He made his Ireland debut last November against Fiji and he’s now part of the training squad preparing for the World Cup. Back row competition is fierce but Prendergast is ambitious and determined. He’ll hope for a shot in the first warm-up game against Italy this Saturday.

“It’s actually mad to think we are coming to the end of this kind of pre-season block and we are into Test matches,” says Prendergast.

“I think no stone has been left unturned between nutrition, recovery, physio, strength & conditioning and then the rugby as well, I think we’re really onto something hopefully it’ll show now in the coming games.”

Of course, he was glued to the Ireland U20s’ thrilling journey to the World Rugby Championship final in South Africa earlier this month, given that Sam was a key figure at out-half.

sam-prendergast-is-congratulated-by-his-brother-cian-after-the-game Sam and Cian after the former played for Leinster against Chile last year. Tom Maher / INPHO Tom Maher / INPHO / INPHO

It was a campaign tinged with sadness and Cian was an anxious spectator throughout.

“That week of their Fiji game, I think I was probably the most proud I’ve ever been of him, watching him come on against Fiji when the tide was going a little bit against them.

“You could see that the game could go either way and he kind of dealt with it quite maturely and just watching him grow as a person and then ultimately they went to beat South Africa in the semi-final, the host nation.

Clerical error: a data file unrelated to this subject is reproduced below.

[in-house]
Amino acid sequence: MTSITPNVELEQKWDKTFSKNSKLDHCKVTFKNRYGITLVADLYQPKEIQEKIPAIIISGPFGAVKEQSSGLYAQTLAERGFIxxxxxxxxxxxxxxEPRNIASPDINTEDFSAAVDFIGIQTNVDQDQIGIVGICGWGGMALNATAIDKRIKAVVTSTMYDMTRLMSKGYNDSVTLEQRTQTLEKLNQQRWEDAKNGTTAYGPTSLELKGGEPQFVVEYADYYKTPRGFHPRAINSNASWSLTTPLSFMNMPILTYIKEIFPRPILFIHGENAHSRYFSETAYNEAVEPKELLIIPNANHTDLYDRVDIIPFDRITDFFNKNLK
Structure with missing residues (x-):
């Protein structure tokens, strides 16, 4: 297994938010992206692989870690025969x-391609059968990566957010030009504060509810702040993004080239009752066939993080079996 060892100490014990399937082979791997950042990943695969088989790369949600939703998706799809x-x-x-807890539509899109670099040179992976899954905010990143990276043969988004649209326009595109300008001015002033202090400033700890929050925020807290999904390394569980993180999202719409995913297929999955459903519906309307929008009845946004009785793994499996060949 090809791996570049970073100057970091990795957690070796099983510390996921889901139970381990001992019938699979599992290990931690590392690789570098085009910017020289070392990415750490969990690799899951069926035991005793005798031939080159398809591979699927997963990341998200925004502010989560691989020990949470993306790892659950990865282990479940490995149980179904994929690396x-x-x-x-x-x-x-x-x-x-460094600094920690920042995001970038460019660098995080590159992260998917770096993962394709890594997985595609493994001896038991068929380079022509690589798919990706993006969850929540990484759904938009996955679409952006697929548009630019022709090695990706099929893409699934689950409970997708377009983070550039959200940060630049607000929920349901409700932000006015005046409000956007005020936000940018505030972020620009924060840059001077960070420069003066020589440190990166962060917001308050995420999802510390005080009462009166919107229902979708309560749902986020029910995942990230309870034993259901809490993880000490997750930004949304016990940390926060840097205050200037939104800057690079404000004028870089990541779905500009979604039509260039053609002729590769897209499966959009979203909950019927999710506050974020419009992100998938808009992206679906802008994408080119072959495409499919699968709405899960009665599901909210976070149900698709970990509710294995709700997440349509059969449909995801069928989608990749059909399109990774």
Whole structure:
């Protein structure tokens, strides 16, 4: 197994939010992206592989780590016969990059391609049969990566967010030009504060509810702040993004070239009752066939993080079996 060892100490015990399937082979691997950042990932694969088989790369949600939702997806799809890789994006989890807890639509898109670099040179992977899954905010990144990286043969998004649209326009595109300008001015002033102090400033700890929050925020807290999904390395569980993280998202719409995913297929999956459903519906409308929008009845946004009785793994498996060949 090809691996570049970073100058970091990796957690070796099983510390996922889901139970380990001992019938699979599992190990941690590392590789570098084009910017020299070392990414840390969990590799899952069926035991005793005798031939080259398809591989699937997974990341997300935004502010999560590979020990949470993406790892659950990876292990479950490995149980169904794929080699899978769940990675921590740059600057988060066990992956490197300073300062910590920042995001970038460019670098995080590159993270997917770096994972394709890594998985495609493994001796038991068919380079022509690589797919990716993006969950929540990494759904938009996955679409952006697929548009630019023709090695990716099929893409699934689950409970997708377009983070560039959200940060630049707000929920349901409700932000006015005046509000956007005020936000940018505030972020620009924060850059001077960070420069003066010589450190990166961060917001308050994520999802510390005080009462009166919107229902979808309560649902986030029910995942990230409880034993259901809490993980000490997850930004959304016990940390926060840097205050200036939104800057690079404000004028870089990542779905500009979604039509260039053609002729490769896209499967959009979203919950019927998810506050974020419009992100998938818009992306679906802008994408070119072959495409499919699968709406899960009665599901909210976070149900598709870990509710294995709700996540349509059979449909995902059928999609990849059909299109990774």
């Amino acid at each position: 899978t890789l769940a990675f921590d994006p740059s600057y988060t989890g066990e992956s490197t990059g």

“Yeah, just incredibly proud. At the same time very, very nervous. I don’t enjoy watching those games that much.

“I think I know how my parents feel now. It’s funny to be on that side of the fence.”

It wasn’t Sam’s physical well-being that Cian worried about, just that he would be happy with his performances.

“I just wanted him to do well,” says Cian.

“I just want him to play well, to show the best version of himself and I think after them not getting the win against England and beating Australia, I think it’s just because he’s in such a vulnerable position, place-kicking as well, it’s kind of, whoooo, a bit nervous here but I trust he works really hard.”

While Cian is a few years ahead of Sam on his professional journey, he does his best not to give advice unless it’s asked for.

Sam has joined the Leinster academy and his older brother knows he will find his own path. He’s there when called on.

“At the end of the day, we’re just trying to be brothers for each other,” says Cian.

“I think we’re not kind of trying to coach each other. I think he gets enough coaching. He has enough people telling him what to do.

cian-prendergast Cian during pre-season with Ireland. Dan Sheridan / INPHO Dan Sheridan / INPHO / INPHO

“I just try to wish him best of luck and if you need someone to talk to, then I’m there most of the time.”

There’s no doubt that Sam and his parents are proud of what Cian is achieving as he now jostles for a World Cup spot.

Further down the line, the Prendergast boys seem likely to come up against each other on the pitch.

“We actually have chatted about it kind of jokingly but yeah, I’m sure the day is going to come,” says Cian.

“I would have liked to play with him but we’ll see what happens.”

It could well happen in a green jersey not too far in the future.